By Tony Attwood
I have been re-telling the story of how Arsenal came to be in the first division in 1919 in celebration of 100 years in the top flight, knowing that many people, including some who claim to be Arsenal fans, will allege that the whole process was fixed.
I am hoping that the detailed evidence provided here will convince you that nothing was fixed and that the league had very good reasons to elect Arsenal ahead of the 1919/20 season. One key point is that this is all the evidence either way that my colleagues and I in the Arsenal History Society have been able to find. If there is any more, then it would be great if you could present it to us. But do remember most of the allegations of corruption appeared much later – and few had any hard evidence at all.
And so in our tale we come to 10 March at which all the members of the Football League met at the Grand Hotel Manchester to map out the post-war future of professional football in England. Sir Henry Norris was present representing Arsenal.
As Sally Davis (one of the very few people who has conducted a detailed review of Henry Norris’ life, and whose work is very helpfully on the internet) reported in her review of events “the decisions made that afternoon demonstrate several things about the Football League members: on a number of issues they had been influenced by the views expressed in Athletic News”, which we have mentioned in the last couple of posts. Also “the decisions of West Ham and South Shields to go out actively seeking votes did pay off; and the members had liked the method of sharing of gate money used by the London Combination, which had been West Ham’s idea.”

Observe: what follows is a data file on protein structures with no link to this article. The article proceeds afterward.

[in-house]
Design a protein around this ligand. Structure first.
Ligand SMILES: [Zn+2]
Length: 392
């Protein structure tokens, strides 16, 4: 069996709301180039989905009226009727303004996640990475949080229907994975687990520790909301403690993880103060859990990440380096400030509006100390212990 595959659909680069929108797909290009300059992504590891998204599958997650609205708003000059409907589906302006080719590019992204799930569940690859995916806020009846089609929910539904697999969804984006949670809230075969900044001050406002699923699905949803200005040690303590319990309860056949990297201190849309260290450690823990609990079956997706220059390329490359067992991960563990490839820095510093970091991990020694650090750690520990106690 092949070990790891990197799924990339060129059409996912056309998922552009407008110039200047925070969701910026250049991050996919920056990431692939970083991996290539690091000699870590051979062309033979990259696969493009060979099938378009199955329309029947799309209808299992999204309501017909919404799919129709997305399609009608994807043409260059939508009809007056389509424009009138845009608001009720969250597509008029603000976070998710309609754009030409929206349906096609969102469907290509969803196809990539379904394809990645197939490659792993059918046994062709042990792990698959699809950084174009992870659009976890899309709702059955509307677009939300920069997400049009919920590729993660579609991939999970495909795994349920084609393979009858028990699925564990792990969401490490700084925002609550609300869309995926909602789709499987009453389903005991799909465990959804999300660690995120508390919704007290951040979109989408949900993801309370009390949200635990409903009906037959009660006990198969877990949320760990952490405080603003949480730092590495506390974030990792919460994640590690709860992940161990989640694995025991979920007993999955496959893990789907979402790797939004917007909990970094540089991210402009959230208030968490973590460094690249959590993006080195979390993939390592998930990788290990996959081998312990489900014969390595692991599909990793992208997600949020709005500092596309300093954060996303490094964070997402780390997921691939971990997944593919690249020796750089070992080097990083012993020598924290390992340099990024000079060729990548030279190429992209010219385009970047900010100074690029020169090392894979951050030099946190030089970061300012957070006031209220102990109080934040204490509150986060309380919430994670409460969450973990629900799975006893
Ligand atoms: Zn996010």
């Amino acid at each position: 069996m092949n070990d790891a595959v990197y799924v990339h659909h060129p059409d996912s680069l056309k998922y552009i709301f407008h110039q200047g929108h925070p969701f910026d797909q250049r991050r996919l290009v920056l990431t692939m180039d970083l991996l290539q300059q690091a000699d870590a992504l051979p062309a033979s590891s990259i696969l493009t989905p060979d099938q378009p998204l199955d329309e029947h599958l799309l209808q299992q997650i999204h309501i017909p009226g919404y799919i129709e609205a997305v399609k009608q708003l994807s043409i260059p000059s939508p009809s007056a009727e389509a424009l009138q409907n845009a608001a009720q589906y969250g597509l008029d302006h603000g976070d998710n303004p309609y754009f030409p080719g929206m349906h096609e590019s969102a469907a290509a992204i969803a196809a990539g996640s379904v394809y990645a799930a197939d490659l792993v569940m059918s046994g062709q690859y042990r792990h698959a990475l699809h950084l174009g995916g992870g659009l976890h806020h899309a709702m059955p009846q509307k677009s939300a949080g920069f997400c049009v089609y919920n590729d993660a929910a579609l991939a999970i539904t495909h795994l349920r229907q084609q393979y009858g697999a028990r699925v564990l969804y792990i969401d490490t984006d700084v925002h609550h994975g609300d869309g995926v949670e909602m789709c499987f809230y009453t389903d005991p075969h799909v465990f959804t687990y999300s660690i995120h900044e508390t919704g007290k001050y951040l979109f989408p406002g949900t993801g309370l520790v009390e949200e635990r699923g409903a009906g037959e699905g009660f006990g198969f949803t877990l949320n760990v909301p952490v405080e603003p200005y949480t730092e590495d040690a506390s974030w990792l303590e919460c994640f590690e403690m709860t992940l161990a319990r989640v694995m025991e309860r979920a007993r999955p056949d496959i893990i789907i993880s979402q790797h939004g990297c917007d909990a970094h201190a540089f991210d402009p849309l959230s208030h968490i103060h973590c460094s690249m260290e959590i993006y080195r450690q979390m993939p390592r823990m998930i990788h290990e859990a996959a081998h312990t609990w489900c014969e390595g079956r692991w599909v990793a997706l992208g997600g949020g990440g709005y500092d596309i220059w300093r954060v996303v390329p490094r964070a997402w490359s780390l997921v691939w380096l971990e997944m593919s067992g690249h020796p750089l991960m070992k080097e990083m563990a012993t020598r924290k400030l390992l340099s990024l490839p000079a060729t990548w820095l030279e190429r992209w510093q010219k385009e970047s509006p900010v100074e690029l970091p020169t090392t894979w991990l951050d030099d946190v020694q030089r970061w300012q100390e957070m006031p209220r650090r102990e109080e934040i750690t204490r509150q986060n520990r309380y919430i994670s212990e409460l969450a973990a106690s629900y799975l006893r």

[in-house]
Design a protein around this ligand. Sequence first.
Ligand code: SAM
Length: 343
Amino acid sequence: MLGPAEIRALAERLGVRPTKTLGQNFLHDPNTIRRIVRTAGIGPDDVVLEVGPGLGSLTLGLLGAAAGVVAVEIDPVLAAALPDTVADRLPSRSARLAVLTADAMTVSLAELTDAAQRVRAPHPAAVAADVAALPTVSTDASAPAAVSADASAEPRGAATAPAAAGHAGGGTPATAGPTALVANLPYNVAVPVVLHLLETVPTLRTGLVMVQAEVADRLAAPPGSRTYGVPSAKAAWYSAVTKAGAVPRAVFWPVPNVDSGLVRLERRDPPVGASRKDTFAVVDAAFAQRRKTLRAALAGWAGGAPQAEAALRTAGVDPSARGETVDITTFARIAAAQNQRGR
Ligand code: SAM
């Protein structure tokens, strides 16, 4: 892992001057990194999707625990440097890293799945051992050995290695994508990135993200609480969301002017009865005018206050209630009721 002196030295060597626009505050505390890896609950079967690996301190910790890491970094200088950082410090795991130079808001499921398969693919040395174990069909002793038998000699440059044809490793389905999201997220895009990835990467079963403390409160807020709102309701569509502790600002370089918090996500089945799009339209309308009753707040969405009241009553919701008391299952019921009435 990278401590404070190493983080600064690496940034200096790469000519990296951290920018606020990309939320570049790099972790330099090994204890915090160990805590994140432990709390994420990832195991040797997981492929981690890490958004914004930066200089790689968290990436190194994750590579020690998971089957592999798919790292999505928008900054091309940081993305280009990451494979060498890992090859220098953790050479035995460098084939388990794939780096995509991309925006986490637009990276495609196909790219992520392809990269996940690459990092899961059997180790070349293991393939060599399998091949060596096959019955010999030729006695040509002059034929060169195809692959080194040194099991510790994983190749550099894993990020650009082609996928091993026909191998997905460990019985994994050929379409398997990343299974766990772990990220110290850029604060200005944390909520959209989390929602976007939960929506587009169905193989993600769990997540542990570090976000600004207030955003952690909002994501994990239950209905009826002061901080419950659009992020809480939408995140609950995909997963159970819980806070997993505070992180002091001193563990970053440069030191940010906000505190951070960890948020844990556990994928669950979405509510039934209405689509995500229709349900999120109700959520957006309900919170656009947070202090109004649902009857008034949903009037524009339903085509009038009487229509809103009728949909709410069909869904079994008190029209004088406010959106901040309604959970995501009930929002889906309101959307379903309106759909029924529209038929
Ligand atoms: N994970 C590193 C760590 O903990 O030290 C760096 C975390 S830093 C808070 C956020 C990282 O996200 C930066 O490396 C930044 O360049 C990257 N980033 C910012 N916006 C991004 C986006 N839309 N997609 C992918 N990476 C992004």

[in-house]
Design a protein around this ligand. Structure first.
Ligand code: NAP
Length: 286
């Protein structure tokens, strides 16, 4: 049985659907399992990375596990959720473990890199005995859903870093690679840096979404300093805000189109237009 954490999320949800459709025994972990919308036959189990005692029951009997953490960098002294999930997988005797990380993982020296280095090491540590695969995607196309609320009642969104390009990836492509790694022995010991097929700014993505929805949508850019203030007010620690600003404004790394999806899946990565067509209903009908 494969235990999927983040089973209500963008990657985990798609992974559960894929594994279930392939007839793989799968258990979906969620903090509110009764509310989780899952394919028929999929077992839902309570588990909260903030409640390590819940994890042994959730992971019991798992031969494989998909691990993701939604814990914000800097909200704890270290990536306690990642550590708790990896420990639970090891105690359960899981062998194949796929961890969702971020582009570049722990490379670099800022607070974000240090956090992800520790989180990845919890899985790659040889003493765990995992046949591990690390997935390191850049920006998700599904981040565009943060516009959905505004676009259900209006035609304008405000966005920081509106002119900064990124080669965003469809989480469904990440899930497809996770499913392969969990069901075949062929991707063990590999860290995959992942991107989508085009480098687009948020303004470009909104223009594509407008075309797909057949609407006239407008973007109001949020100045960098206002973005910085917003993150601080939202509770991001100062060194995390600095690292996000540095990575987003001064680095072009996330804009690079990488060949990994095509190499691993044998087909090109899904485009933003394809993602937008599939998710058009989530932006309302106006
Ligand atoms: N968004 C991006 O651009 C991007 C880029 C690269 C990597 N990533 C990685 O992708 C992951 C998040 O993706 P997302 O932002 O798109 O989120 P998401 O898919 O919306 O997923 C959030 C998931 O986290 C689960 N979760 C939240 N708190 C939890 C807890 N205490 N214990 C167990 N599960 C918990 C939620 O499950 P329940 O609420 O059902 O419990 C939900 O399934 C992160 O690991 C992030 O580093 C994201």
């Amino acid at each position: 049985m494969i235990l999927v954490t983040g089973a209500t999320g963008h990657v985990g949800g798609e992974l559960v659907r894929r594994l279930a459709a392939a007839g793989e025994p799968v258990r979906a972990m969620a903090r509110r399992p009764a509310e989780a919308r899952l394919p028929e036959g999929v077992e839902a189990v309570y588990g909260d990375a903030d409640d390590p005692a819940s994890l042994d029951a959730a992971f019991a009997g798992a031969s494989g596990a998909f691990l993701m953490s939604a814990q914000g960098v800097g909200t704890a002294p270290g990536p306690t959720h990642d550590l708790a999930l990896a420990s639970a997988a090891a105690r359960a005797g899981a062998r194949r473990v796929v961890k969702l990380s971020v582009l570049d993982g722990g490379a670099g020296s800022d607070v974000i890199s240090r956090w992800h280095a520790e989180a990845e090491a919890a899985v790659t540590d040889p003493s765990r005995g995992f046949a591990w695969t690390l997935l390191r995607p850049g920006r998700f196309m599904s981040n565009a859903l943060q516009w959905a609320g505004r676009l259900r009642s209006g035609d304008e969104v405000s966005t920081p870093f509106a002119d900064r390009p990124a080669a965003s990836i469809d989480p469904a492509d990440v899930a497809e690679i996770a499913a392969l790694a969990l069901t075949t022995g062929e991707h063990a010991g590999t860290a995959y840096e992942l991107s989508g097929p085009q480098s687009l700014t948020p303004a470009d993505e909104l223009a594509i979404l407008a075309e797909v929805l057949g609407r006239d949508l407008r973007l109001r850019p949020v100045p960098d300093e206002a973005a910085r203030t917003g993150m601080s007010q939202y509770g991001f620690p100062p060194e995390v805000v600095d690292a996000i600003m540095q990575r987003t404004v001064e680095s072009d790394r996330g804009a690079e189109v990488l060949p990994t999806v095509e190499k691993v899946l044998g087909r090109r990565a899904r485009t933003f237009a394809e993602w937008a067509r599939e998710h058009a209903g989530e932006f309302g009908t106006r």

Of course first the clubs first had to agree formally to increase both the divisions to 22 clubs each: two extra places in Division One and two or more in Division Two (depending on how the Division One slots were filled). But even this was not that straightforward for a number of different proposals were put forward.
Everton for example proposed that the League should not be expanded but that Chelsea should stay in the First Division and Manchester United (the match fixers who avoided relegation by fixing the game with Liverpool) should be relegated. (That seemed to be doing their rivals Liverpool a real favour since logic and honour suggested that both Liverpool and Man U should have been thrown out of the League totally for allowing match fixing to develop, given that there were now three matches that were known about in the match fixing list. If you really want to find some bribery and corruption it might be worth searching the correspondence of Everton at this time).